Rising to the challenge of CX

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Richard Wightman, managing director, Century Ten talks Explori’s research implications

The global average customer feedback scores from Explori have cast a bright light onto a problem that was easy to ignore because a multi-billion dollar industry commanding substantial profits is undoubtedly a roaring success. However, satisfaction and advocacy ratings prove that paying customers do not universally love the service that organisers provide. A global average NPS of -17 and a satisfaction rating of 3.52 (out of 5) amongst exhibitors is a worry. It’s also a great opportunity.

For any knuckle-draggers out there, CX isn’t just some Millennial, hipster, spiced chai latte, altruistic, fluffy nonsense. McKinsey research found that companies who provide a superior, low effort experience realised a 10-15 per cent increase in revenue and a 20 per cent increase in customer satisfaction. More satisfied customers are easier to rebook and upsell. Greater numbers of advocates provide powerful, free promotion. Businesses become more competitive and staff become more engaged in a positive working environment.

The upsides are obvious – and yet the evidence suggests that the experience of the exhibitor is far from positive. There could be many reasons – here are just six.

EVERYONE BUT NO ONE: Everyone who has direct (or indirect) contact with customers, can influence customer experience, so it’s normal to take a collective responsibility. Everyone is responsible, but no one is accountable. Even when event or marketing management are given leadership responsibility in this field, the problem becomes one of priorities.

EMPORER’S NEW CLOTHES: No one likes to be the bearer of bad news, but if senior managers only hear sugar-coated versions of the truth, they are unlikely to place much emphasis on addressing problem areas.

THE CAROUSEL: I’m still not convinced that the customer comes first. Steve Jobs said that. “You’ve got to start with the customer experience and work back toward the technology - not the other way around.” In the event industry, the “build it and they will come” approach still prevails, with incremental adjustments to addressing industry trends and customer expectations. Add to this, short-term financial targeting and it’s easy to see how event teams become pre-occupied with their own goals – and not necessarily their customers.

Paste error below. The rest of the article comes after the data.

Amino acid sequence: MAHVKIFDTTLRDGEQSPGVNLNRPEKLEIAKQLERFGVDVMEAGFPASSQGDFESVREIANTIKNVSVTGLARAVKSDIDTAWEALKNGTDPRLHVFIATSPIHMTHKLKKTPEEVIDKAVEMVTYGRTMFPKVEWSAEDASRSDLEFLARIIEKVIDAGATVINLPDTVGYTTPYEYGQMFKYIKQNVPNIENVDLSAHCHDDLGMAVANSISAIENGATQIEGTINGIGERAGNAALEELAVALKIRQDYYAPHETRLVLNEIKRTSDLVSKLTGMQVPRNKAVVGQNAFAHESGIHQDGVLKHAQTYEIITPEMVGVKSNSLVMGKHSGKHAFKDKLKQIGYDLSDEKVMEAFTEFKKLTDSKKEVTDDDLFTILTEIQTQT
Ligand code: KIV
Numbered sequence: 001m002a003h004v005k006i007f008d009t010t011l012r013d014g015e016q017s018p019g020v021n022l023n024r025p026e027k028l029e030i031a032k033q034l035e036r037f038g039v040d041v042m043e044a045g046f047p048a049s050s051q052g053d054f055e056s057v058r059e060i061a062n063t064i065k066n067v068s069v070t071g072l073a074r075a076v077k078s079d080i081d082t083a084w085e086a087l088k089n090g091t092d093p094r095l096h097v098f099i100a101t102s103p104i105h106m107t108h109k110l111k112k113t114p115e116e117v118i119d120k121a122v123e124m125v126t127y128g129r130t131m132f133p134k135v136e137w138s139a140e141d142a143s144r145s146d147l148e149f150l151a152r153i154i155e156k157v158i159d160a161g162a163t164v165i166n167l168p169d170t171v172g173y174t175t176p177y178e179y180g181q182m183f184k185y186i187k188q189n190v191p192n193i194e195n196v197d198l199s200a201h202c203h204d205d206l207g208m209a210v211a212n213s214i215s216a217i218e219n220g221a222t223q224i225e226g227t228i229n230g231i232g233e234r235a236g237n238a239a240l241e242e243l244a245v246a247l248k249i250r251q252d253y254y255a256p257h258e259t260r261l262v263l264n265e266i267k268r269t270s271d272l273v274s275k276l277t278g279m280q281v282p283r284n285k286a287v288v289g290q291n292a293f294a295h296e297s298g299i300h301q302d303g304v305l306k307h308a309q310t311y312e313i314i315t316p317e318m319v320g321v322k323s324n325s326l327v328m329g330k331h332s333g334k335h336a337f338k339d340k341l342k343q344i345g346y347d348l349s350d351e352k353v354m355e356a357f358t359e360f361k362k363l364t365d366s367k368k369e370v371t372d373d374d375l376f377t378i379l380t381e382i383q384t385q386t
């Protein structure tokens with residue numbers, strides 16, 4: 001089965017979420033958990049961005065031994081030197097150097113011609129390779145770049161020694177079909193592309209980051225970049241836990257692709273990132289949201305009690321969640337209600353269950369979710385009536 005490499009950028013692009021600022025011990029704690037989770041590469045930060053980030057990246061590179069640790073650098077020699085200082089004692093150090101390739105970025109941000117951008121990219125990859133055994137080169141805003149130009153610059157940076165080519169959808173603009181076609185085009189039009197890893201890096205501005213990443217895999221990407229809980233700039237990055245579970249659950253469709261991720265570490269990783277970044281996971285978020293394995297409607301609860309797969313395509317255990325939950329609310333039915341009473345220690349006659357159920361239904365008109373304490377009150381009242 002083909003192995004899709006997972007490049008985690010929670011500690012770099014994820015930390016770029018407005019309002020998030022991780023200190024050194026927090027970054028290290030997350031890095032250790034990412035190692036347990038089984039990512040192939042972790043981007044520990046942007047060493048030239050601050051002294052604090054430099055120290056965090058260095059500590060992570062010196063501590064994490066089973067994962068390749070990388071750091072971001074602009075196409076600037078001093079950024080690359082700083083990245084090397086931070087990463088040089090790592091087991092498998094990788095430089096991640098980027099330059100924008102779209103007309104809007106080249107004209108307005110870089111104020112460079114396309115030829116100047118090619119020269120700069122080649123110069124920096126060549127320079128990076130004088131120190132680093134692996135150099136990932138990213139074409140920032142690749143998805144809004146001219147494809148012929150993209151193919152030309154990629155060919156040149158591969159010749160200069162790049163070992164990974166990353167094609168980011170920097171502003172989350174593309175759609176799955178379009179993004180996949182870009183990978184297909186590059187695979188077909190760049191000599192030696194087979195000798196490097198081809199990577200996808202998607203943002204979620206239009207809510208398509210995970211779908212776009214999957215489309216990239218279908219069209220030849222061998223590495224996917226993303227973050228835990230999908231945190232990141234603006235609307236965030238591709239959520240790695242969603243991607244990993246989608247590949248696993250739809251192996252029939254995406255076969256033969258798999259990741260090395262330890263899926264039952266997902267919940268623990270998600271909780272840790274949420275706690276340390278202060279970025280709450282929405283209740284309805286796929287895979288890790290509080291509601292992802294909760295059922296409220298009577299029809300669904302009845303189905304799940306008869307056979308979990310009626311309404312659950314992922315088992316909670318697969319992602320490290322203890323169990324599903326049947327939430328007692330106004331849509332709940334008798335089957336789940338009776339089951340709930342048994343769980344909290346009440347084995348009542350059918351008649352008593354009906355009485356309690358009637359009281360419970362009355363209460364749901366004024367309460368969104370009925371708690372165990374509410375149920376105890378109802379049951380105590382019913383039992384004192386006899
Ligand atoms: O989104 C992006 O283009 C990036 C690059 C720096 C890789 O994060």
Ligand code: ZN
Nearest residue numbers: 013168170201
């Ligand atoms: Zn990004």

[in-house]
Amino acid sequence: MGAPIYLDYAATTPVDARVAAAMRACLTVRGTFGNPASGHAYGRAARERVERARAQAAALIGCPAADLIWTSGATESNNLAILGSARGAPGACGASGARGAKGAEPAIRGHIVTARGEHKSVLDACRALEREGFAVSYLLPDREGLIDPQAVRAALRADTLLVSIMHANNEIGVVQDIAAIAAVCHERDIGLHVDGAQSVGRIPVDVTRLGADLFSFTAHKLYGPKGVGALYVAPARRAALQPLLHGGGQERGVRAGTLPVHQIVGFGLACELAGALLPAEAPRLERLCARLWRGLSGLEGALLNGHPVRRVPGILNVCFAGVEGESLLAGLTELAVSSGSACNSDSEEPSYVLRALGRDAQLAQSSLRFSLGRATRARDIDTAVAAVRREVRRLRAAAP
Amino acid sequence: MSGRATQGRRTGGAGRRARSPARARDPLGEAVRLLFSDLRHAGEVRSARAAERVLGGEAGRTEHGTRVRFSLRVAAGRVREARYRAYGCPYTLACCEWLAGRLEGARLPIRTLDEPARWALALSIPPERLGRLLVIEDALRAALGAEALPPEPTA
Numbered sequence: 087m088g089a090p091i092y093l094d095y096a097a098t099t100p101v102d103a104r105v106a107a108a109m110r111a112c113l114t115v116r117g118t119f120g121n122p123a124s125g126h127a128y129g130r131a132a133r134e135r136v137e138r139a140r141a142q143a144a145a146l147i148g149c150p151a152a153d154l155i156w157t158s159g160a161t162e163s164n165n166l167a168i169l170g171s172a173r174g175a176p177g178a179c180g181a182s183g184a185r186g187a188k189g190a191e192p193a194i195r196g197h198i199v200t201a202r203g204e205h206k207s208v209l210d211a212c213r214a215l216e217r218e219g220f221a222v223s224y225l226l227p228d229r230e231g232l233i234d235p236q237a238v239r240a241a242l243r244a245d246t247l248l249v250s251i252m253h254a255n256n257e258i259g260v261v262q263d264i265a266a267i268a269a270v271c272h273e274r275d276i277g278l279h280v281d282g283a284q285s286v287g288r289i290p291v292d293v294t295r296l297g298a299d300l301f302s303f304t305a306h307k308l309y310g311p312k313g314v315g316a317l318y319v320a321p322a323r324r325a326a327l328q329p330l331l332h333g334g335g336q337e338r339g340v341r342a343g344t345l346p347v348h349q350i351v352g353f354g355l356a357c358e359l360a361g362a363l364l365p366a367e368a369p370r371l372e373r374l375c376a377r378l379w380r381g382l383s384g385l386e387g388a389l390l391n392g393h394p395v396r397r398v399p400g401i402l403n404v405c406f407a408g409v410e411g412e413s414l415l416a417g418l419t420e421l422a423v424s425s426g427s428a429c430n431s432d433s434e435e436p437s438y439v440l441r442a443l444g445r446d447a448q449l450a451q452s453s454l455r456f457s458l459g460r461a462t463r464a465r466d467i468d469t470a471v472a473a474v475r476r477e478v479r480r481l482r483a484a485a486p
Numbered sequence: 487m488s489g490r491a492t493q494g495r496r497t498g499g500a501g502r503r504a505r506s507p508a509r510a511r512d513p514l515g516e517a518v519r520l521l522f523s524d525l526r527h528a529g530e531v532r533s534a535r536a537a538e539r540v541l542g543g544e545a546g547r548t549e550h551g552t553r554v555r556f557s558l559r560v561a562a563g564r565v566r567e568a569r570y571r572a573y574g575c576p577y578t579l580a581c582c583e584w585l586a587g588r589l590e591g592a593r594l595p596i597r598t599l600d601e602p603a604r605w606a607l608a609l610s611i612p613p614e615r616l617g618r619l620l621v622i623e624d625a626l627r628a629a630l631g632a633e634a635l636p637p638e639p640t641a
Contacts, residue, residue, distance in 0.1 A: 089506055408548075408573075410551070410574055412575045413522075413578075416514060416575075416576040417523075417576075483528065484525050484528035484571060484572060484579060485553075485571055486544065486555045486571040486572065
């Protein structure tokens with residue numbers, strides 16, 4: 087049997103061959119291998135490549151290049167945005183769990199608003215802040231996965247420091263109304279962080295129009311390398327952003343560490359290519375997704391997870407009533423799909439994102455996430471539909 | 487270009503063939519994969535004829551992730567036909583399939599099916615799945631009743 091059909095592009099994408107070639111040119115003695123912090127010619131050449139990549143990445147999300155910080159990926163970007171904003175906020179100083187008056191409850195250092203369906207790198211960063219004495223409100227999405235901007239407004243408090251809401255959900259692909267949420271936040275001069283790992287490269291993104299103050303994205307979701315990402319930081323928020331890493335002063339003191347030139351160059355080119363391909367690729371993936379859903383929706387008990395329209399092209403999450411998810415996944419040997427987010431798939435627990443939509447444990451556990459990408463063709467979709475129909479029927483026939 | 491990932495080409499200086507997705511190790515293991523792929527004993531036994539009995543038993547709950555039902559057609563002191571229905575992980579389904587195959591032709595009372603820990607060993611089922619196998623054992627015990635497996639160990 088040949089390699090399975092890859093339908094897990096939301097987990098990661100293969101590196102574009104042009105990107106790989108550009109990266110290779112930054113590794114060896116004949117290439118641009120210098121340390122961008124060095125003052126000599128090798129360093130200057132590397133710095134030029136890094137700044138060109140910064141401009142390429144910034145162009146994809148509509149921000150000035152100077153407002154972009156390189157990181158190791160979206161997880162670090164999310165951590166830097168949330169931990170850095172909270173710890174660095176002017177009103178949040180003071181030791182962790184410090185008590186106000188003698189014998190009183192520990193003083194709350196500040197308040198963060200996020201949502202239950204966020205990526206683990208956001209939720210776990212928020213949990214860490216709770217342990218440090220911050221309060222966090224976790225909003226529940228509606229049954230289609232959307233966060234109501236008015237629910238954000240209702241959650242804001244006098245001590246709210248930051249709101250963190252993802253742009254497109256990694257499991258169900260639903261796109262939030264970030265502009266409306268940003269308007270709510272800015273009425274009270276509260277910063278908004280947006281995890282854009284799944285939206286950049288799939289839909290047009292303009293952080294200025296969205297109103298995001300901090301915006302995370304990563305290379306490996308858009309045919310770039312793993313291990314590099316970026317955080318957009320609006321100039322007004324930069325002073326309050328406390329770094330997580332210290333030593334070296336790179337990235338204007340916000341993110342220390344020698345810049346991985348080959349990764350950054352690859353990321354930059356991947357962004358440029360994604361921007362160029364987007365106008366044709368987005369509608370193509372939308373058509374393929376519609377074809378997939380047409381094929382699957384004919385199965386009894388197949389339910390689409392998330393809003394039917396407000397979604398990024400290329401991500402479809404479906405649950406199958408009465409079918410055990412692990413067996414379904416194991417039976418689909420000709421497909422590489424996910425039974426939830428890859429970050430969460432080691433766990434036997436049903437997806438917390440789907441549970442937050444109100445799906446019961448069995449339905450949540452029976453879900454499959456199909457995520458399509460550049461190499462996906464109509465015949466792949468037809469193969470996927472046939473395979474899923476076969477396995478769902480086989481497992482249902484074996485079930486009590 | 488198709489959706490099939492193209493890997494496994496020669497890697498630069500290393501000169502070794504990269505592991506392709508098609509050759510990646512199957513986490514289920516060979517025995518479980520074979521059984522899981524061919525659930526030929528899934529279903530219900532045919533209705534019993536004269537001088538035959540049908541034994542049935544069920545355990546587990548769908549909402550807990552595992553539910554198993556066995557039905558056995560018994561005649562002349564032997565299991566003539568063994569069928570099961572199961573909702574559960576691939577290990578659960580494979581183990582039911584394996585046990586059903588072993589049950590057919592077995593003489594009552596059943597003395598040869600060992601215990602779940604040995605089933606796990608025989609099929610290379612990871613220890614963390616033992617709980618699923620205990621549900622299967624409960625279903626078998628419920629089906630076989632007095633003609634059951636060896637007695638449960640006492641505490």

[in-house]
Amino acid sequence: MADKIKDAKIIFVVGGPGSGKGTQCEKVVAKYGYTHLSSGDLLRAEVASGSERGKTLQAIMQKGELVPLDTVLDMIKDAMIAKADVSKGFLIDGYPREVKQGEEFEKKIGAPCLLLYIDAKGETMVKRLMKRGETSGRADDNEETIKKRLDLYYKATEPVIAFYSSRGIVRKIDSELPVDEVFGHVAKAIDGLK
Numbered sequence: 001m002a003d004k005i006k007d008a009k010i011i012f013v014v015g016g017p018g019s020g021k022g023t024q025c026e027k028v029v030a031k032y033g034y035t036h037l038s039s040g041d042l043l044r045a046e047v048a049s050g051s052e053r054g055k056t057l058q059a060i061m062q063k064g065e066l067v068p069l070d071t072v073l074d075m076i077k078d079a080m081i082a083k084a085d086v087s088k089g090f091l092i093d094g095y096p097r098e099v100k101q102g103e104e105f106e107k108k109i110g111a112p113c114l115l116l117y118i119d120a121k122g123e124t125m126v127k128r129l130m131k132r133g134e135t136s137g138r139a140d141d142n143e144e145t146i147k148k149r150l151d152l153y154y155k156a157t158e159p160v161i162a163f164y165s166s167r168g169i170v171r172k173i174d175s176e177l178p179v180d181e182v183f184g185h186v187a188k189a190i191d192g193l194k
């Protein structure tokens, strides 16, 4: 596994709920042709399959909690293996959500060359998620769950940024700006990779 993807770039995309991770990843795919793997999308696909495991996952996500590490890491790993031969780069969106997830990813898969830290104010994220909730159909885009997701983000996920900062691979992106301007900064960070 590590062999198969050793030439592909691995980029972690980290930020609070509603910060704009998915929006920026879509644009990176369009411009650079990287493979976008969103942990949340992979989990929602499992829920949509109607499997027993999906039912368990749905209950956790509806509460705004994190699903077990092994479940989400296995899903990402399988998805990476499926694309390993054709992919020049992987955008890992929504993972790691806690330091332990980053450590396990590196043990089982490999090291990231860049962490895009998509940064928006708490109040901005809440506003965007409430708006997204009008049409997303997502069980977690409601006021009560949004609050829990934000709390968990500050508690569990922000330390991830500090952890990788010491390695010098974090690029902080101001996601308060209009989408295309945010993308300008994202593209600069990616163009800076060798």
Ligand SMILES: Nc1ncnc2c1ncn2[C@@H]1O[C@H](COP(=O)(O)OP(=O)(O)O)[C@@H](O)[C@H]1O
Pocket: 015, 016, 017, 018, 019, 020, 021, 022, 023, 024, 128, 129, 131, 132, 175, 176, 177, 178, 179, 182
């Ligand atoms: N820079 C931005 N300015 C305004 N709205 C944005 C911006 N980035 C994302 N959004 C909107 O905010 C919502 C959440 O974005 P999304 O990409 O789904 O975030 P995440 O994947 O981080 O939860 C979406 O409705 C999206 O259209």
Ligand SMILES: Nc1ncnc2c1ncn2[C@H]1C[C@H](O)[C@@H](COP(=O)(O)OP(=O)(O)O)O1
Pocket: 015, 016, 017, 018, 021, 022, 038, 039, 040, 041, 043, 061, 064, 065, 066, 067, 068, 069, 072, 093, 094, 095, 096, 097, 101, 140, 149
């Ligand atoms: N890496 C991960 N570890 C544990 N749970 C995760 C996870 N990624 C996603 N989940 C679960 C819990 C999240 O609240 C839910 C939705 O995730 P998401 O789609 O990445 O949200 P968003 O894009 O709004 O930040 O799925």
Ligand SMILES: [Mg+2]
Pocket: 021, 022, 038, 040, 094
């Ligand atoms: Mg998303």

THE THIRD PARTY: Whilst organisers can’t control everything, they can influence – and they can help. If an exhibitor encounters a problem when they’re tired, stressed, under pressure, they’ll appreciate support, advice, action – not excuses. Which leads on to…

EMPOWERMENT: There’s a useful article on LinkedIn that illustrates one man’s experience of how rival airlines dealt with a problem that was not of their making – adverse weather. On separate occasions when planes were grounded, BA staff followed protocol and started selling refreshments, Virgin staff recognised their customers’ frustrations and gave away free snacks and drinks. In one situation, the customer felt exploited, in the other he felt supported. Needless to say, Virgin will get more business from him in the future – and he’s telling the world online.

RISING DEMANDS: Value propositions must be aligned with service propositions – any gap only builds disappointment, disaffection and resentment. The quality of ‘what’ is delivered is non-negotiable, ‘how’ it’s delivered is the key differentiator and perception shaper. In 1999 Dell’s CIO stated that Customer Experience is the next competitive battleground. It’s good to see that (finally) the event industry is sitting up and taking note.

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